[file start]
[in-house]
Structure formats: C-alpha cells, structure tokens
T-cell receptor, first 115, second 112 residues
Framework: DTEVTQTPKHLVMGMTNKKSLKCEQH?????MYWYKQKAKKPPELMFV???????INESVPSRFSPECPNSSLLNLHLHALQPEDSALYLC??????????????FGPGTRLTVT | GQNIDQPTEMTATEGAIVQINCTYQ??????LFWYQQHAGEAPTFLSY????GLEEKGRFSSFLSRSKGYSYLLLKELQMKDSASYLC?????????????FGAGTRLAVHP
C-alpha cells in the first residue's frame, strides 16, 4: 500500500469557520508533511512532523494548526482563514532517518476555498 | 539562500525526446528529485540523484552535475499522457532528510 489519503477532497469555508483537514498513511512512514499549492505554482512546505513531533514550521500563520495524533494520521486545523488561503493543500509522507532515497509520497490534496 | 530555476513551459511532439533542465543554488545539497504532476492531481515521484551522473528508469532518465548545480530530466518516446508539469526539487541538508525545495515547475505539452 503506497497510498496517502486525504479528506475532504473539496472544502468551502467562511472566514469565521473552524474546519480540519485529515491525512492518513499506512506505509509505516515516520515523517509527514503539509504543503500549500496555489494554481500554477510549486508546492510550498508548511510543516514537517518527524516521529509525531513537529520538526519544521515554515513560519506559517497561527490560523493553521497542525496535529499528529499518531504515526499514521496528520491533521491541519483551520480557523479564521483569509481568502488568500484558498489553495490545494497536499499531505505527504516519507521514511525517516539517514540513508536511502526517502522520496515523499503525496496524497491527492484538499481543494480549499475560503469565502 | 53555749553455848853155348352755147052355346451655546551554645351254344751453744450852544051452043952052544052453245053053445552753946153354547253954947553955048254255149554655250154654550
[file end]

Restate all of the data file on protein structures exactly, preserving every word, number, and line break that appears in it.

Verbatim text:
[in-house]
Structure formats: C-alpha cells, structure tokens
T-cell receptor, first 115, second 112 residues
Framework: DTEVTQTPKHLVMGMTNKKSLKCEQH?????MYWYKQKAKKPPELMFV???????INESVPSRFSPECPNSSLLNLHLHALQPEDSALYLC??????????????FGPGTRLTVT | GQNIDQPTEMTATEGAIVQINCTYQ??????LFWYQQHAGEAPTFLSY????GLEEKGRFSSFLSRSKGYSYLLLKELQMKDSASYLC?????????????FGAGTRLAVHP
C-alpha cells in the first residue's frame, strides 16, 4: 500500500469557520508533511512532523494548526482563514532517518476555498 | 539562500525526446528529485540523484552535475499522457532528510 489519503477532497469555508483537514498513511512512514499549492505554482512546505513531533514550521500563520495524533494520521486545523488561503493543500509522507532515497509520497490534496 | 530555476513551459511532439533542465543554488545539497504532476492531481515521484551522473528508469532518465548545480530530466518516446508539469526539487541538508525545495515547475505539452 503506497497510498496517502486525504479528506475532504473539496472544502468551502467562511472566514469565521473552524474546519480540519485529515491525512492518513499506512506505509509505516515516520515523517509527514503539509504543503500549500496555489494554481500554477510549486508546492510550498508548511510543516514537517518527524516521529509525531513537529520538526519544521515554515513560519506559517497561527490560523493553521497542525496535529499528529499518531504515526499514521496528520491533521491541519483551520480557523479564521483569509481568502488568500484558498489553495490545494497536499499531505505527504516519507521514511525517516539517514540513508536511502526517502522520496515523499503525496496524497491527492484538499481543494480549499475560503469565502 | 53555749553455848853155348352755147052355346451655546551554645351254344751453744450852544051452043952052544052453245053053445552753946153354547253954947553955048254255149554655250154654550